by Ashley Fortier, Anna Kruzynski, Jacinthe Leblanc, Leah Newbold, Magaly Pirotte and Coco Riot
This essay is the result of a collective editing process following three focus groups discussing the theme of the colloquium, whether being feminist in the 21st century means rejecting we-women. Specifically, we looked at we-women and the question of non-mixed organizing starting from four data sources: an analysis done by CRAC last year of discourses propogated since 2000 by anti-authoritarians fighting primarily against patriarchy and heteronormativity; a preliminary analysis of interviews carried out in the process of producing monographs with queer and radical feminist groups; a case study of contemporary radical feminists of Quebec by Geneviève Pagé (2006); and our own activist experiences.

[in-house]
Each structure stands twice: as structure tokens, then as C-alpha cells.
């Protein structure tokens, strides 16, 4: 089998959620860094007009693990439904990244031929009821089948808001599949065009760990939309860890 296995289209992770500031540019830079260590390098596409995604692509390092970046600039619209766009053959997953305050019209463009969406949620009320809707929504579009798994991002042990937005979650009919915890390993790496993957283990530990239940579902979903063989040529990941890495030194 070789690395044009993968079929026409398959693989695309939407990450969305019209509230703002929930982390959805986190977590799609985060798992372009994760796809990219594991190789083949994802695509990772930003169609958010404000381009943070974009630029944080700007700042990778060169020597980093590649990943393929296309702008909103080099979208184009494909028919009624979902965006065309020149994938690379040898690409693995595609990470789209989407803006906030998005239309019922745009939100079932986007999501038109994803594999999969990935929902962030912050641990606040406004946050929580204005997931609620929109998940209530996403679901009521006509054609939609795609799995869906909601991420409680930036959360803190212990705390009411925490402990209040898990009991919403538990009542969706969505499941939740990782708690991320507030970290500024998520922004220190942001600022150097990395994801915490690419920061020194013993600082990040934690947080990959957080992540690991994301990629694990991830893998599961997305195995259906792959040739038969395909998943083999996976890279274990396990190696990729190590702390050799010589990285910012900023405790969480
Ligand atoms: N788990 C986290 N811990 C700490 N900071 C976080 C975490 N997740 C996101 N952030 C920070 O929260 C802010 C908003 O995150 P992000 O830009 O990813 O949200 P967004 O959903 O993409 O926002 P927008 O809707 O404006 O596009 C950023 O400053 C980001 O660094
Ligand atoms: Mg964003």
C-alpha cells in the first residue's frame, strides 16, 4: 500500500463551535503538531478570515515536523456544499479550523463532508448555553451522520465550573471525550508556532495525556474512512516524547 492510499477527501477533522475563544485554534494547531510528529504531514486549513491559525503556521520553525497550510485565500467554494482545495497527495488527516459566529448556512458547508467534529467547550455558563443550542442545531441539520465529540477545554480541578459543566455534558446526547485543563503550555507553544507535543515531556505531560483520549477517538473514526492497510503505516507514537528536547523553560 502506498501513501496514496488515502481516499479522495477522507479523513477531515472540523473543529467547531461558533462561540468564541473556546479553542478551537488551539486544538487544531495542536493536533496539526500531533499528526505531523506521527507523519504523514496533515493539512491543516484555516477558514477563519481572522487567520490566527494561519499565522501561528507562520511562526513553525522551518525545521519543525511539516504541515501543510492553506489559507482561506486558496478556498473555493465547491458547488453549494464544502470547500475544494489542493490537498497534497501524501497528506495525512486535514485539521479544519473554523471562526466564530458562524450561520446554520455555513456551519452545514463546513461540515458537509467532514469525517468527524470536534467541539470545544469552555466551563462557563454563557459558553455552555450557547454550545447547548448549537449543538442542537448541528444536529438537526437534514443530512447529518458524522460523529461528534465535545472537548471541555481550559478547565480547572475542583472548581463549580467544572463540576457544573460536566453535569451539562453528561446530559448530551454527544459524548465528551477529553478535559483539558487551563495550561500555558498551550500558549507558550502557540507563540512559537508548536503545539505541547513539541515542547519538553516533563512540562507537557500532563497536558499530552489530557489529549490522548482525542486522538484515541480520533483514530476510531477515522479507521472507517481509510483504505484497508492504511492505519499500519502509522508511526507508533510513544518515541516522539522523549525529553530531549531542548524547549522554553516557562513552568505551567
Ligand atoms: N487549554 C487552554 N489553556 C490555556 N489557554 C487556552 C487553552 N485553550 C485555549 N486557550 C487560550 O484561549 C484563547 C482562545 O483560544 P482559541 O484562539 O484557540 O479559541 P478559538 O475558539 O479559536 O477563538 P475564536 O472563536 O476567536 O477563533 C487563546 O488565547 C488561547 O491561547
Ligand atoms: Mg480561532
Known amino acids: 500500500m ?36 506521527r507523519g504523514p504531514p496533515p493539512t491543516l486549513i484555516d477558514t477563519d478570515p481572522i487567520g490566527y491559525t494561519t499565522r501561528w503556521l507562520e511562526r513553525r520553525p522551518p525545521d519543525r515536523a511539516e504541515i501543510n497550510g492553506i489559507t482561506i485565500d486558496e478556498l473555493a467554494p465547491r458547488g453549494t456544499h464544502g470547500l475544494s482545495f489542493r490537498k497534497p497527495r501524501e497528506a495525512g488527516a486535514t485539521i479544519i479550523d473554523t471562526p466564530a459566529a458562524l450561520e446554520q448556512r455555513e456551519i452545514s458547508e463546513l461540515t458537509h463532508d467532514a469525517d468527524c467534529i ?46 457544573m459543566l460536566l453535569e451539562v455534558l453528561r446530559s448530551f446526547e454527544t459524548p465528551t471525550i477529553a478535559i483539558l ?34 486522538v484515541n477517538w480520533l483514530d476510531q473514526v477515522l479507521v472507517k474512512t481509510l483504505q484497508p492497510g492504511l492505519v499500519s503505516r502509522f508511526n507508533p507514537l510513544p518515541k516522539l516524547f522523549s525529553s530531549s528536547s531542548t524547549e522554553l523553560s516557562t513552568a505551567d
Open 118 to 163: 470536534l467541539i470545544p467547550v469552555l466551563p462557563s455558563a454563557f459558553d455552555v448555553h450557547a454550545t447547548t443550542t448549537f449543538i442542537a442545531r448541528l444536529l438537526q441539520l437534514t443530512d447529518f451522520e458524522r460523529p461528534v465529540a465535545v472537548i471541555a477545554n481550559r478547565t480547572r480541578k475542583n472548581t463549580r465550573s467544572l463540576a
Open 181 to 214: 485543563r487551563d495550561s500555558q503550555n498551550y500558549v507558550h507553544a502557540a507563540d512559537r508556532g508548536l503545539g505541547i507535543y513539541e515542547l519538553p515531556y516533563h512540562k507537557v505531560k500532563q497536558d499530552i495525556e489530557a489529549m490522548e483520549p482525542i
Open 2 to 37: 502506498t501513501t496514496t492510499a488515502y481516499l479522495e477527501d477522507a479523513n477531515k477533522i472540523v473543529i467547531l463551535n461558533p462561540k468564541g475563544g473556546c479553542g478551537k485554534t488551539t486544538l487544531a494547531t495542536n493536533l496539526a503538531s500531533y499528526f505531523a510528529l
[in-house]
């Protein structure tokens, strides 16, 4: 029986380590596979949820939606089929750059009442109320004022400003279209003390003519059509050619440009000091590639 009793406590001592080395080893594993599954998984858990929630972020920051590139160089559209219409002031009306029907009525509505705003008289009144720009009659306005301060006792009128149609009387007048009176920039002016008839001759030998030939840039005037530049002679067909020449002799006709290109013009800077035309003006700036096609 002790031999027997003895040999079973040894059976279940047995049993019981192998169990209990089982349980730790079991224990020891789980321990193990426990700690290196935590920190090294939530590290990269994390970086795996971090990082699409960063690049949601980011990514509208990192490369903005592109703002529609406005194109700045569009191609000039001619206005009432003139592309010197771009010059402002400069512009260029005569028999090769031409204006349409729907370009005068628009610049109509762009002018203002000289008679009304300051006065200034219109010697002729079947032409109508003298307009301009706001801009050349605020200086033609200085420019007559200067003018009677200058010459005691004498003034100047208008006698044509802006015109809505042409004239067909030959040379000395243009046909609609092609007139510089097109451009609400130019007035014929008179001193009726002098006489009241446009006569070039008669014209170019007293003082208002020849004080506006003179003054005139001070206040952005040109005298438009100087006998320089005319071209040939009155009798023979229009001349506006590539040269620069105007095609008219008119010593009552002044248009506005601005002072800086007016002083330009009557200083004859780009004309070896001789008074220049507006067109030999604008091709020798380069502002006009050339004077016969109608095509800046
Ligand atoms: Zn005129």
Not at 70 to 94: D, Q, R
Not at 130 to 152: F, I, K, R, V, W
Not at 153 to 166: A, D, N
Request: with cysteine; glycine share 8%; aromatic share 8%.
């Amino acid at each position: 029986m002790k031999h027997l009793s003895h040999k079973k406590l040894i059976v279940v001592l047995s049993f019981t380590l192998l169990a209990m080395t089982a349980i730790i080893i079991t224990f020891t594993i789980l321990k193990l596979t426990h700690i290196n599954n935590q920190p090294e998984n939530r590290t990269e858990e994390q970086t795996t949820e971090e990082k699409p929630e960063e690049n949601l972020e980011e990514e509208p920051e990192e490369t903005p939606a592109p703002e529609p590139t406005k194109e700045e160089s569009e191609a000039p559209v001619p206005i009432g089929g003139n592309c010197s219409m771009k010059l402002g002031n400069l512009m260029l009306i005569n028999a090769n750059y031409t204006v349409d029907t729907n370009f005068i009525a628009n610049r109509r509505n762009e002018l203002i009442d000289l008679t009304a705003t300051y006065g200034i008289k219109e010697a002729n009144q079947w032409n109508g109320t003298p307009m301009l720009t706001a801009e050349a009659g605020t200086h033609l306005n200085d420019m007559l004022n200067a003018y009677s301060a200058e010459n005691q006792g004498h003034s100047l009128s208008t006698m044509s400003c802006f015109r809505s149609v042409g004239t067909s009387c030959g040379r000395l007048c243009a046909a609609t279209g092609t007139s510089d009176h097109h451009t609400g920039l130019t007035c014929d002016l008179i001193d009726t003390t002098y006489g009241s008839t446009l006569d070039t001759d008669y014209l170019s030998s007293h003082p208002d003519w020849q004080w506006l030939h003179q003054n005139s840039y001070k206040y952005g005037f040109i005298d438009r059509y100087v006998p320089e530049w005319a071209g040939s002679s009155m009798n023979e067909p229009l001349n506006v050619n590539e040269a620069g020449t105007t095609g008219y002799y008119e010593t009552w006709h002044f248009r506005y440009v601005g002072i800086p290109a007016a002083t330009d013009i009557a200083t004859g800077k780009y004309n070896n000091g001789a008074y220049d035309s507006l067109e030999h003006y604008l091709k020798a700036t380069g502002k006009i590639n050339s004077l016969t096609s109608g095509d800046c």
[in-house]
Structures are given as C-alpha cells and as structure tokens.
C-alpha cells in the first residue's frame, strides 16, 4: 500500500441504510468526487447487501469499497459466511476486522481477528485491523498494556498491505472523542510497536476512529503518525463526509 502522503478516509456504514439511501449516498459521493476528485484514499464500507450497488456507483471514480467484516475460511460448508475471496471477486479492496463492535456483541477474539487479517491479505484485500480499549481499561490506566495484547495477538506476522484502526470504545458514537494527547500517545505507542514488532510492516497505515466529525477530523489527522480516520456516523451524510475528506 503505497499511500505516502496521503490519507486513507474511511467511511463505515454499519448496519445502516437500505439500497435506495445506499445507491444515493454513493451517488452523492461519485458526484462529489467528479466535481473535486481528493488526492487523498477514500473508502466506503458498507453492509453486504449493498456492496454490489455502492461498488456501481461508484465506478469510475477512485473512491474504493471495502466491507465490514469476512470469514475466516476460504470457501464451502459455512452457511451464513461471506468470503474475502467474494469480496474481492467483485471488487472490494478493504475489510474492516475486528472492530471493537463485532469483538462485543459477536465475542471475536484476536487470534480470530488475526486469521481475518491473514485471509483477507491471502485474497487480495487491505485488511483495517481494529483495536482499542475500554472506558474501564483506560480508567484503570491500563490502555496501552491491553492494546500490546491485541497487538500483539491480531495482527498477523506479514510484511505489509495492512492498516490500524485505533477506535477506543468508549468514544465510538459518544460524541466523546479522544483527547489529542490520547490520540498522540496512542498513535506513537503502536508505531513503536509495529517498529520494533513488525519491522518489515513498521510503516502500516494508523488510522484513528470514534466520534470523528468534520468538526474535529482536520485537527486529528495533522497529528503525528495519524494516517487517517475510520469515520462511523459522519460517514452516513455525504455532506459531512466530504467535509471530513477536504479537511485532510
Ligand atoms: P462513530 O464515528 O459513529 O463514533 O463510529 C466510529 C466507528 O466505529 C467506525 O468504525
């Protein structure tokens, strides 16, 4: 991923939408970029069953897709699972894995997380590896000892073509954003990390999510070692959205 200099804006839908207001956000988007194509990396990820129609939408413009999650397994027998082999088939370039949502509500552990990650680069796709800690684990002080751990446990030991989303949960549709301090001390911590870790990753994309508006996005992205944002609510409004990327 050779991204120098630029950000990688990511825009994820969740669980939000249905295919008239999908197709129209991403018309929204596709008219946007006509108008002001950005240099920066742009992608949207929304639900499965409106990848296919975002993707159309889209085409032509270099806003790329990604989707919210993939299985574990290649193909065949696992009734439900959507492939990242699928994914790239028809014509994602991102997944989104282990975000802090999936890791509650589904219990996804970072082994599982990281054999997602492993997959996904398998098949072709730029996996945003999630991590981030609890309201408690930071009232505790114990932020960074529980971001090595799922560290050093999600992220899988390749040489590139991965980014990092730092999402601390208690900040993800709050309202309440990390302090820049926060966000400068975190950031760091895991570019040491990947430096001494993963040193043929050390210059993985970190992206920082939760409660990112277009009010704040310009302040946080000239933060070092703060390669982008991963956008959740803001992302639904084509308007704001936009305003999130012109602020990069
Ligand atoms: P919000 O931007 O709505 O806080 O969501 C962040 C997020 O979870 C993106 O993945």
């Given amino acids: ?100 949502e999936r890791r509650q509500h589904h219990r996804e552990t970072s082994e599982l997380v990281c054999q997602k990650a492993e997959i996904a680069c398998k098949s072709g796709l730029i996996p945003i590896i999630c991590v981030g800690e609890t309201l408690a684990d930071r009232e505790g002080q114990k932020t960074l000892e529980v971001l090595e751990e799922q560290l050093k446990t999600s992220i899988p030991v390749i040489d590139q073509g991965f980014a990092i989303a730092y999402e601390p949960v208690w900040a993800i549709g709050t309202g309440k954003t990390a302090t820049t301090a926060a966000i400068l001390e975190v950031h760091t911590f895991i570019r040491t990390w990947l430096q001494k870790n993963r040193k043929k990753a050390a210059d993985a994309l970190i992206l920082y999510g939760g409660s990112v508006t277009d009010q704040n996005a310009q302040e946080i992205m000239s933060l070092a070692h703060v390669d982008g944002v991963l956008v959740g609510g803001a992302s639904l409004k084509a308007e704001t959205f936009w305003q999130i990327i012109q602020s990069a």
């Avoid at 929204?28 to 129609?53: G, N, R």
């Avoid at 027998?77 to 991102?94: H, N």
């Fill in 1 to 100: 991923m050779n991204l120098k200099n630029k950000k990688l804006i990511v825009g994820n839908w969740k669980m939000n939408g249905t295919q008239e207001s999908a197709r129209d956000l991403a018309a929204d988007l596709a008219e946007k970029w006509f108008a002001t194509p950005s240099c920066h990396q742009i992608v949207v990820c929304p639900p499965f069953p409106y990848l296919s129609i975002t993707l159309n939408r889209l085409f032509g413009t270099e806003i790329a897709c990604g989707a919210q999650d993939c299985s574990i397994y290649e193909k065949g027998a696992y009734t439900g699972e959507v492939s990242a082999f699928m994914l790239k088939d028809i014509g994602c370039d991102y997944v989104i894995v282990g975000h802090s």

In this text, we will focus on two of them: radical feminism and radical queer. The third, which we provisionally call women-of-colour feminism, is not strongly represented in our sample and, since we have not yet had the opportunity to deepen this aspect of our research, we will not touch on it here. We will sketch a (very exploratory) portrait of the convergence and divergence of radical queer and feminist micro-cohorts on we-womenandnon-mixed organizing. A caution is necessary here. These micro-cohorts are not mutually exclusive. Activists can identify with one while organizing with groups associated with the other.